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The Journal of Geology, semi-quarterly.
The American Journal of Sociology, bi-monthly.
The Journal of Political Economy, monthly except August and September
The American Journal of Theology, quarterly.
The American Journal of Semitic Languages and Literatures, quarterly.
Classical Philology, quarterly.
Classical Journal, eight times a year.
Modern Philology, quarterly.
The University of Chicago Magazine, eight times a year.

BOOKS

The following important books have been issued by the University Press during the past year:

Modern Constitutions. By Walter Fairleigh Dodd.
Primary Elections. By C. Edward Merriam.
Jerusalem in Bible Times. By Lewis Bayless Paton.
Two Dramatizations from Vergil. By Frank Justus Miller.
Great Men of the Christian Church. By Williston Walker.
Fragments from Graeco-Jewish Writers. By Wallace Nelson Stearns.
Heroes of Israel. By Theodore Gerald Soares.

Industrial Insurance in the United States. By Charles Richmond Henderson.

The Religious Attitude and Life in Islam. By Duncan Black MacDonald. Studies in the First Book of Samuel. By Herbert Lockwood Willett.

Social Duties from the Christian Point of View. By Charles Richmond Henderson.

The Teaching of Jesus about the Future, according to the Synoptic Gospels. By Henry Burton Sharman.

Christ and the Eastern Soul. The Witness of the Oriental Consciousness to Jesus Christ. By Charles Cuthbert Hall.

The Function of Religion in Man's Struggle for Existence. By George Burman Foster.

The Wars of Religion in France. By James Westfall Thompson.

RELATIONS OF THE UNIVERSITY WITH SECONDARY

SCHOOLS

The University desires to promote such correlation of primary, secondary, and collegiate work that the utmost economy of educational effort may be attained. With this end in view, the University attempts to arrange for systematic and intimate relations with preparatory schools. The types of relationship possible vary with the circumstances of institutions. In general, they may be classed under the two terms, affiliation and co-operation. The explanations which follow show the general features of the two types of relation.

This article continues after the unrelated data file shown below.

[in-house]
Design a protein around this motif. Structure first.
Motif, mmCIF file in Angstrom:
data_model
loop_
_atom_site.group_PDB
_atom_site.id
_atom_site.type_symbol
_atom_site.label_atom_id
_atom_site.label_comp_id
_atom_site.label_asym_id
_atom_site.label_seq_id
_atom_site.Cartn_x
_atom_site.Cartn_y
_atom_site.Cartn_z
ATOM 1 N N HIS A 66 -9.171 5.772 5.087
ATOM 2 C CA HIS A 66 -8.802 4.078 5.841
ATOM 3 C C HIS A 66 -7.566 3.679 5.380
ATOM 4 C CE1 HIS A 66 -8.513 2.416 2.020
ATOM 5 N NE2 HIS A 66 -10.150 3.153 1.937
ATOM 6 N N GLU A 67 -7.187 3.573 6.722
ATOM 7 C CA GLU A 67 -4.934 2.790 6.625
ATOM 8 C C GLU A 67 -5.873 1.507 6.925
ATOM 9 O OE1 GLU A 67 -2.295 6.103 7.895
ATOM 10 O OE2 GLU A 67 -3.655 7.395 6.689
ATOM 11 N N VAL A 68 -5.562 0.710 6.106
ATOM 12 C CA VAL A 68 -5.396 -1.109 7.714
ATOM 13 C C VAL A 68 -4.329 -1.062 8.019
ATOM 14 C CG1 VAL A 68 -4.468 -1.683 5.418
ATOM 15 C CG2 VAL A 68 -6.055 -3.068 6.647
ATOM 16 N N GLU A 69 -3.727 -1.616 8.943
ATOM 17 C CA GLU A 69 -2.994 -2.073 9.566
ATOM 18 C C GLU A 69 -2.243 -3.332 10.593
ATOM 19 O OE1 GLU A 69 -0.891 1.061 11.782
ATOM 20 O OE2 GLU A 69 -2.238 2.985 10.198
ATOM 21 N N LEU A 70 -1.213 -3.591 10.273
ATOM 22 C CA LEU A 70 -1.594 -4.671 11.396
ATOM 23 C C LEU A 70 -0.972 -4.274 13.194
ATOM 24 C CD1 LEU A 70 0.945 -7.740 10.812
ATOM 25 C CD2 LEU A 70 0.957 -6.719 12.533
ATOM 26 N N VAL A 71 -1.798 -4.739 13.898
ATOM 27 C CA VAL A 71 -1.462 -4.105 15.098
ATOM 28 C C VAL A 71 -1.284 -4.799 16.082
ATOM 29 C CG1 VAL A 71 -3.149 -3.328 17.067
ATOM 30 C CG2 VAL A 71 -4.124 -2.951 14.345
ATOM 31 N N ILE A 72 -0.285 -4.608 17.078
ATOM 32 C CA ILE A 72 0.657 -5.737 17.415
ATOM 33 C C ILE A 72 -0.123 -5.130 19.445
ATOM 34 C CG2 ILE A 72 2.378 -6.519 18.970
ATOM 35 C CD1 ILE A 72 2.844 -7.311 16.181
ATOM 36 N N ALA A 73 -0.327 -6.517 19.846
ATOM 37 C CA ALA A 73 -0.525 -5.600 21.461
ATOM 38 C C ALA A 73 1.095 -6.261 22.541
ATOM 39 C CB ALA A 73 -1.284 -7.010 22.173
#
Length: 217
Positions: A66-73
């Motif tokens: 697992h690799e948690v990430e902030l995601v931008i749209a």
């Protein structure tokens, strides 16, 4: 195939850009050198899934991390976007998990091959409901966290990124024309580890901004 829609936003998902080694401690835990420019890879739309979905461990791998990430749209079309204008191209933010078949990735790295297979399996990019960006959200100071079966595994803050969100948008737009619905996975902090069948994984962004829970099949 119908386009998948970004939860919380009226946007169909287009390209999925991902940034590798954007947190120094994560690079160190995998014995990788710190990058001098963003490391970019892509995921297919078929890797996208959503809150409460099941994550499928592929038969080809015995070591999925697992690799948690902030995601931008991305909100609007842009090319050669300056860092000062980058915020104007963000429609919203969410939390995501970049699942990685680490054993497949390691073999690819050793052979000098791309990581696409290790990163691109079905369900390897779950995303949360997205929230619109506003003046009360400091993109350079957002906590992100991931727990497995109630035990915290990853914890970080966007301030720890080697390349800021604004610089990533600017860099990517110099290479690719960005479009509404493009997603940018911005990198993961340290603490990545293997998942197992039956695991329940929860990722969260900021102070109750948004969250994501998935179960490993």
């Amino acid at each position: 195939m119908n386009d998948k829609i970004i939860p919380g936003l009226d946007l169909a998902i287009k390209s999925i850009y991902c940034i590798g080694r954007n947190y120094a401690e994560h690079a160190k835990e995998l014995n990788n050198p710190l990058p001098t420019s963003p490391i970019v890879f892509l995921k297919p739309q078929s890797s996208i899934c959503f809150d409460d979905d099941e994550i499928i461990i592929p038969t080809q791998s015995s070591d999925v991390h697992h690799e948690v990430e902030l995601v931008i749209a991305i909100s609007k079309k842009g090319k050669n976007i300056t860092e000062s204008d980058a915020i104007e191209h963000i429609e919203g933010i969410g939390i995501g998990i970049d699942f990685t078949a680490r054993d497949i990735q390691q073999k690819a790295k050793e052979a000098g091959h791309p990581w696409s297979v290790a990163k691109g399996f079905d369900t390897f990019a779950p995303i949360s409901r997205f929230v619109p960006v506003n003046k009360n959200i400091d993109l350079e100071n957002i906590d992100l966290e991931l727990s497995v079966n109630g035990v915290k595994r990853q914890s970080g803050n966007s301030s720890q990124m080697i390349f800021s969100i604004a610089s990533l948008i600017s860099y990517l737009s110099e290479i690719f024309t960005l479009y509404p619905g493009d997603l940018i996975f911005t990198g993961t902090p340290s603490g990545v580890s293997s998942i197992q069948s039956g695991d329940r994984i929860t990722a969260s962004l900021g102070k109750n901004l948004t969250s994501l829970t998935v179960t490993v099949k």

I. THE AFFILIATED RELATION Three forms of affiliation are possible:

1. Organic membership in the University. — The affiliated institution in this relation is treated as a department of the University. It has its own Dean and Faculty, and is governed by regulations prescribed by the competent University authorities.

2. Semi-organic union with the University.- A stipulated number of representatives of the University are members of the Board of Trustees of the institution affiliated. Under this arrangement the University assumes no financial responsibility, but through its representatives the University shares in the administration of the affiliated institution.

3. Alliance between the University and completely independent institutions.-Under the terms of the alliance, the trustees of the affiliated institutions permit administration of the educational policy by the faculty in co-operation with the faculty of the University, subject to restrictions adopted by the trustees of both institutions in the terms of agreement.

For a list of schools at present in affiliation with the University, see p. 109 of this Register.

II. THE CO-OPERATIVE RELATION The administration of the relation of co-operation is explained in the following paragraphs:

1. The University will undertake to visit a limited number of schools with a view to determining whether such schools may have a place its list of approved schools. The formal approval will be granted by the Board of Admissions, upon a joint recommendation of two visiting officers of the University. In the case of a school already approved by the North Central Association of Colleges and Secondary Schools, one visit by an officer of the University is sufficient.

2. Graduates of schools thus approved are admitted to the University upon credentials signed by the principal and the instructors in the various subjects in which credit for admission is sought.

3. The character of the work of students so admitted to the University is taken as a further test of the work of the preparatory school, and the records of the first year's work of his new students in college are sent to each principal

4. One scholarship is awarded each year to each of the high schools of Chicago; twenty-five scholarships have been provided for distribution among co-operating schools outside of Chicago, to be assigned to candidates recommended by their principals. These are strictly honor scholarships, and are awarded only to students who are able to enter the University without condition, and upon credentials showing that the student has maintained a high standard of scholarship in his preparatory course. Each of these scholarships secures to the student tuition for one year (three quarters) at the University. See p. 124, of this Register.

5. Each year, early in November, there is held at the University a joint conference of all affiliated and co-operating schools, in which all principals and teachers participate. This conference is in part of a general character, and in part departmental.